For Larsson, the photos he showed represent a “back to the future” look at the company the chairman founded based on an aspirational lifestyle, and why the brand is still a strong one that resonates with consumers: “Ralph created a dream that is relatable.”

Larsson said in the past year, the company had 150 covers in magazines globally. The company also had 3,000 nonpaid editorials online and off-line, which in turn resulted in 28 billion media impressions. “That translated to a paid media value of a half-a-billion” dollars, Larsson said.

He emphasized to shareholders that as the company embarks on the still-early stages of the restructuring to reflect the changing marketplace, “some things won’t change. The dream of a better life won’t change, but how you access that will change.”

In a compressed version of the Investor Day presentation made to analysts in June, Larsson said the Way Forward Plan in its “most simplest term is building the business to match the strength of the brand, and in doing that to grow the brand.” He said the two keys are a refocus on the core — the Ralph Lauren and Polo Ralph Lauren brands — and evolve the operating model. For the first part, that revolves around “doing more of what is our core DNA and more of what the consumer likes.” He spoke about cutting lead times, and testing product — “Is it a cash cow?” — plus adding an eight-week pipeline parallel to the cut in lead times. For the operating model, the focus is on creating the best product while balancing cost efficiencies, as well as increasing flexibility and speed.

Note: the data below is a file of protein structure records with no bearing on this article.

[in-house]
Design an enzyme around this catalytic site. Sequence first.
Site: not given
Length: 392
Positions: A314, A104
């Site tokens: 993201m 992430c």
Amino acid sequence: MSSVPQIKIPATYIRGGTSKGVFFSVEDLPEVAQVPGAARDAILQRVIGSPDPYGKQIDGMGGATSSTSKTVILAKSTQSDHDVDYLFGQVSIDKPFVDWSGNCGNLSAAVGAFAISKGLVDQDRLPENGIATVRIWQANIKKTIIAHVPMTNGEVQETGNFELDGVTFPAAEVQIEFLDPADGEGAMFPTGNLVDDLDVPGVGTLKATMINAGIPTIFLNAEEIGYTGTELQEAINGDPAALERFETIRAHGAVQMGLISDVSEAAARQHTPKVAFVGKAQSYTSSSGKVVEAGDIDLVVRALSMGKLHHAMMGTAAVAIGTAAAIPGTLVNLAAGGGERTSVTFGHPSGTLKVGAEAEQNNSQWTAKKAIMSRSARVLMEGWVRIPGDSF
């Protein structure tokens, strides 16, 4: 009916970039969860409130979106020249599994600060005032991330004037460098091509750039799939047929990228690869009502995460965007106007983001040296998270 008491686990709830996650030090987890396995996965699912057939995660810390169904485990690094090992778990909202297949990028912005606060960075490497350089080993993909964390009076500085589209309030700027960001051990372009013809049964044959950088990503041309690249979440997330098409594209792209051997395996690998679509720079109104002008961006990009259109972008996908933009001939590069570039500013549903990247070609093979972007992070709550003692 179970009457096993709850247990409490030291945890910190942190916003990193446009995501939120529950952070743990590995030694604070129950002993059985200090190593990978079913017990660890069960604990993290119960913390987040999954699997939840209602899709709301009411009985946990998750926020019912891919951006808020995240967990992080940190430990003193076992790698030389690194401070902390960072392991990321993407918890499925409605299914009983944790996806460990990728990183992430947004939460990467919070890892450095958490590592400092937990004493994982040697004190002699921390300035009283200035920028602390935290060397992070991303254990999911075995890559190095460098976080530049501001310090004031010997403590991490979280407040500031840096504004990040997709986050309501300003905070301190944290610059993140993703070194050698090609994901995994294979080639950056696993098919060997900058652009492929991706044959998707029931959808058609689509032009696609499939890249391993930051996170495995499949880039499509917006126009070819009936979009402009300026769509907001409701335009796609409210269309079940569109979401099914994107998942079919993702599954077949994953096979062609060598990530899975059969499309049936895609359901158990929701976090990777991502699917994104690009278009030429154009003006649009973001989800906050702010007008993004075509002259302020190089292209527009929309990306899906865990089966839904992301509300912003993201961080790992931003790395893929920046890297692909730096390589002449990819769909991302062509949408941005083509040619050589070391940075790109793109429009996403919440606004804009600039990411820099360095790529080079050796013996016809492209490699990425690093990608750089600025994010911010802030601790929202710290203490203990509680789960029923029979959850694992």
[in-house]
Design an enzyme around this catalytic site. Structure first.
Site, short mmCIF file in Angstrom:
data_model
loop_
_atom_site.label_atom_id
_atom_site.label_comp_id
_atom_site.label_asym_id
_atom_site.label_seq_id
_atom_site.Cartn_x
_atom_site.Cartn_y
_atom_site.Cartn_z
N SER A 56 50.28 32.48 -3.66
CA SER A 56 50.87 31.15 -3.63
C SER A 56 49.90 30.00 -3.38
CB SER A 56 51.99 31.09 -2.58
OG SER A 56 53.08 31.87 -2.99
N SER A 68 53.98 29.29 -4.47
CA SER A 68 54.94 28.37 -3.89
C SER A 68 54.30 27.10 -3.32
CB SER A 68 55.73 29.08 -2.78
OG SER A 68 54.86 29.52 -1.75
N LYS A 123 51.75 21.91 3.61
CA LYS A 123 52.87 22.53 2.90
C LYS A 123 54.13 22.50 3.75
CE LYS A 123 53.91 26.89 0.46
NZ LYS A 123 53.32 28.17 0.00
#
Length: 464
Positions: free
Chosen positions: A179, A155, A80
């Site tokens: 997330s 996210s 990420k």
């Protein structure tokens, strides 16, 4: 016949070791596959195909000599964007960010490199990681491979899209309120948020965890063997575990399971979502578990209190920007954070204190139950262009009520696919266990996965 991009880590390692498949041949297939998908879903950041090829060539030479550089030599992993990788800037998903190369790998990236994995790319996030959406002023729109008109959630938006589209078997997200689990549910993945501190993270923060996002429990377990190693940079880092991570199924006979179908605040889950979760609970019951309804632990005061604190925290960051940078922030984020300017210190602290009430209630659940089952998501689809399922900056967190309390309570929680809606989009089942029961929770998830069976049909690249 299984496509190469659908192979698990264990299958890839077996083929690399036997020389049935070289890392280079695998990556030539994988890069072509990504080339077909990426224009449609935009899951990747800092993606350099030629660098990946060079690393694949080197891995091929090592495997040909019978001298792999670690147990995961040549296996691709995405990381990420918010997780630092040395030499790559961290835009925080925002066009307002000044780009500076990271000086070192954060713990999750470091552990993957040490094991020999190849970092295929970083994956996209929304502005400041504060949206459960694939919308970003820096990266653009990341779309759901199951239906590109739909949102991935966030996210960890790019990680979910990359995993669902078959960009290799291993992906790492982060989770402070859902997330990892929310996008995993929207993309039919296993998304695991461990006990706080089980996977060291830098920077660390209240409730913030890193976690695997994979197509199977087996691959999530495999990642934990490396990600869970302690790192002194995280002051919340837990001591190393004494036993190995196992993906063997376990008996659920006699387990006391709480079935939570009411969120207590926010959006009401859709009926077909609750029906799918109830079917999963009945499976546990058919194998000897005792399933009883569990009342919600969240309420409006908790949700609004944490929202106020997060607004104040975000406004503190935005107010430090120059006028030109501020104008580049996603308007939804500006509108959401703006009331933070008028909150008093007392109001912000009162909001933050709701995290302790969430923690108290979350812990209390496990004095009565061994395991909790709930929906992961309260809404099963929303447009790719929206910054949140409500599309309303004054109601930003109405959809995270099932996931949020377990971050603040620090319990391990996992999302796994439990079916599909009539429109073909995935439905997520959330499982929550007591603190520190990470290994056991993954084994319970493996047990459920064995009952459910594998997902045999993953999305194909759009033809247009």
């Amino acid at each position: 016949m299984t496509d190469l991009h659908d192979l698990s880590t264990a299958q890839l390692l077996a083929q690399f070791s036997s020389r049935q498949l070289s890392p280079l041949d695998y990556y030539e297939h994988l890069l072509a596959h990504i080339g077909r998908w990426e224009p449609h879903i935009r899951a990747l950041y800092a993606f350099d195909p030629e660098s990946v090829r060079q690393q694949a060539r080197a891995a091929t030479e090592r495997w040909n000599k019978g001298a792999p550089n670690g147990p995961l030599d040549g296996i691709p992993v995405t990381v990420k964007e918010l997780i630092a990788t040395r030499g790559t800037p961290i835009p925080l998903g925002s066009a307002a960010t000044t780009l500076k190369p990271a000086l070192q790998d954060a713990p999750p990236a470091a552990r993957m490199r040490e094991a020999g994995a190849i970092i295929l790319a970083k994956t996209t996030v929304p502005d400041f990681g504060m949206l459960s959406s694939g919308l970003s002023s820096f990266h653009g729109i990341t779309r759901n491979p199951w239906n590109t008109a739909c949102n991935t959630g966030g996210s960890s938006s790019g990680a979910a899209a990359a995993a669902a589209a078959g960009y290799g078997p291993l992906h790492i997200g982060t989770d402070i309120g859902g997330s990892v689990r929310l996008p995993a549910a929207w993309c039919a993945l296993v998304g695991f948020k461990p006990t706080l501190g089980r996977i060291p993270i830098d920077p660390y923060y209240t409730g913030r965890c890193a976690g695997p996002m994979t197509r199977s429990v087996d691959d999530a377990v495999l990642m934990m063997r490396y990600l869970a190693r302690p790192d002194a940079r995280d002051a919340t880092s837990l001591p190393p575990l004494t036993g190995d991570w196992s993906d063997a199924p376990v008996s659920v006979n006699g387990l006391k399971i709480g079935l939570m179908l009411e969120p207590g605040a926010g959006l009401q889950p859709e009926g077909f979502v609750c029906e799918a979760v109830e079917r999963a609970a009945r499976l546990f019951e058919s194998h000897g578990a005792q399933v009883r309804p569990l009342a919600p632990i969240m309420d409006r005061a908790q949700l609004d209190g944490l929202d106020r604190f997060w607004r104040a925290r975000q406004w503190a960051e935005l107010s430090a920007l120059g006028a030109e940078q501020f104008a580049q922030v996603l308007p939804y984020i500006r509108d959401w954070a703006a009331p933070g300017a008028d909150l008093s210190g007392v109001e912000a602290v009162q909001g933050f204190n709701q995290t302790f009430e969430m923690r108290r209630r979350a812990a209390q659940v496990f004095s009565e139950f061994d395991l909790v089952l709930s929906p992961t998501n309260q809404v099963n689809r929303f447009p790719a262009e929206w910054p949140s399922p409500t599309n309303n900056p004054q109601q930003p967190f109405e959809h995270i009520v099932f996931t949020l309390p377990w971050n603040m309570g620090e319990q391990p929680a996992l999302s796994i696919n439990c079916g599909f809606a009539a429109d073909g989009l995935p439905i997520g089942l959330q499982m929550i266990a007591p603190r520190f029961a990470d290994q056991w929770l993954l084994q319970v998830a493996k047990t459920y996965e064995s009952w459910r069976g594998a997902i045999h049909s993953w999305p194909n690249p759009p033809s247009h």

“We are extra strong in America, [with] more to be done in Europe, and even more to be done in Asia [and] more to do to expand in the rest of the world,” Larsson said.

As for the company’s push to get back to the entrepreneurial mindset, Larsson said, “Our goal is to work like a small company.” He spoke of cutting layers to empower the “doers” and said the whole plan creates a virtuous cycle of building brand strength.” From a shareholder perspective, the ceo said the company “has a commitment to return excess cash.”

He also showed a clip of a commercial that the company is running on television “for the first time in a long time” in 10 cities that includes select Olympians and reflects the company’s support as the official outfitter for the U.S. Olympic team.

In the Q&A session, Larsson said, “I’m a big believer in the department store. A well-run department store solves a big consumer challenge,” noting that the consumer is time-challenged and having many things in one place can be a benefit. He also added that the company is analyzing what its mix should be between wholesale, e-commerce and company-owned stores, which comes as brands from Coach to Michael Kors cut back on their wholesale distribution.

He was asked how often he asks Lauren for his advice and noted that the two have a relationship where “it’s less about advice, but an ongoing conversation. It’s about where we’re going. What I’m good at is knowing what I don’t know.”

Lauren, emphasizing how the two really are working as partners, told the shareholder, “What you don’t know is how often I go into his office.”

Zeroing in on his message about the future prospects of the company, Lauren said, “The changes are about moving to where we have to go. The energy Stefan brings is new. It’s all new.…It’s very exciting.”